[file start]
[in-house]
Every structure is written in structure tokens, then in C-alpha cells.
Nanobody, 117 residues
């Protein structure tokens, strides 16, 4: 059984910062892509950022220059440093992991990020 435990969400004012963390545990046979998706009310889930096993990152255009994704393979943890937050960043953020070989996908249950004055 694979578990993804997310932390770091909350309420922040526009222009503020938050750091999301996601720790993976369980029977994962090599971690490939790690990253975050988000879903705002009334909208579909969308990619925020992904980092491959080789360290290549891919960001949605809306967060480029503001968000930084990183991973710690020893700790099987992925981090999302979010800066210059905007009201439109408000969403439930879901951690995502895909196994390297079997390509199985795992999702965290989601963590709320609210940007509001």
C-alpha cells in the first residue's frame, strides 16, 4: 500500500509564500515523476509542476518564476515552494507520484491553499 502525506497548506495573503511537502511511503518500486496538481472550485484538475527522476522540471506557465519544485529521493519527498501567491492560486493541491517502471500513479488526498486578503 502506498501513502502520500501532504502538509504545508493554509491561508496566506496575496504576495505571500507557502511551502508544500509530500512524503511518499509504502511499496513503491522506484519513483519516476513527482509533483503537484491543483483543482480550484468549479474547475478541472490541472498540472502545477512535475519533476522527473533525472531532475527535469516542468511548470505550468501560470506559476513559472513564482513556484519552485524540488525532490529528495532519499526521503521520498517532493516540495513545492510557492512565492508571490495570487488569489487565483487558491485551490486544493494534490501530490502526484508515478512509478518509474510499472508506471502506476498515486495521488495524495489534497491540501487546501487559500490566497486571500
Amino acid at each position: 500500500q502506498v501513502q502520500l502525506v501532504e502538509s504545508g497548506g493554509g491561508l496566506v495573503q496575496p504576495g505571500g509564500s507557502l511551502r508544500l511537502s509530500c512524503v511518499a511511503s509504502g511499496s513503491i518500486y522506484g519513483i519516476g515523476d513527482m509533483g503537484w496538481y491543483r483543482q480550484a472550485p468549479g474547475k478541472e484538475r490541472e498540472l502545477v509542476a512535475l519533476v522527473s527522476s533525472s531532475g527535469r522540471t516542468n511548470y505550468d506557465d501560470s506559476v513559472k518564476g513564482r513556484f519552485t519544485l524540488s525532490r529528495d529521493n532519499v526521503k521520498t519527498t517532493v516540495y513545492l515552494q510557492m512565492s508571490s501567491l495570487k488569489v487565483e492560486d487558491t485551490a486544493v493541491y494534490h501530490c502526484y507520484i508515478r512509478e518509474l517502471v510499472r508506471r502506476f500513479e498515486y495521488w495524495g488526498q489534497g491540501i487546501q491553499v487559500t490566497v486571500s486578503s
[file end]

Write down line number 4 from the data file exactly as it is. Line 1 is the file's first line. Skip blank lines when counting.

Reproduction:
């Protein structure tokens, strides 16, 4: 059984910062892509950022220059440093992991990020 435990969400004012963390545990046979998706009310889930096993990152255009994704393979943890937050960043953020070989996908249950004055 694979578990993804997310932390770091909350309420922040526009222009503020938050750091999301996601720790993976369980029977994962090599971690490939790690990253975050988000879903705002009334909208579909969308990619925020992904980092491959080789360290290549891919960001949605809306967060480029503001968000930084990183991973710690020893700790099987992925981090999302979010800066210059905007009201439109408000969403439930879901951690995502895909196994390297079997390509199985795992999702965290989601963590709320609210940007509001």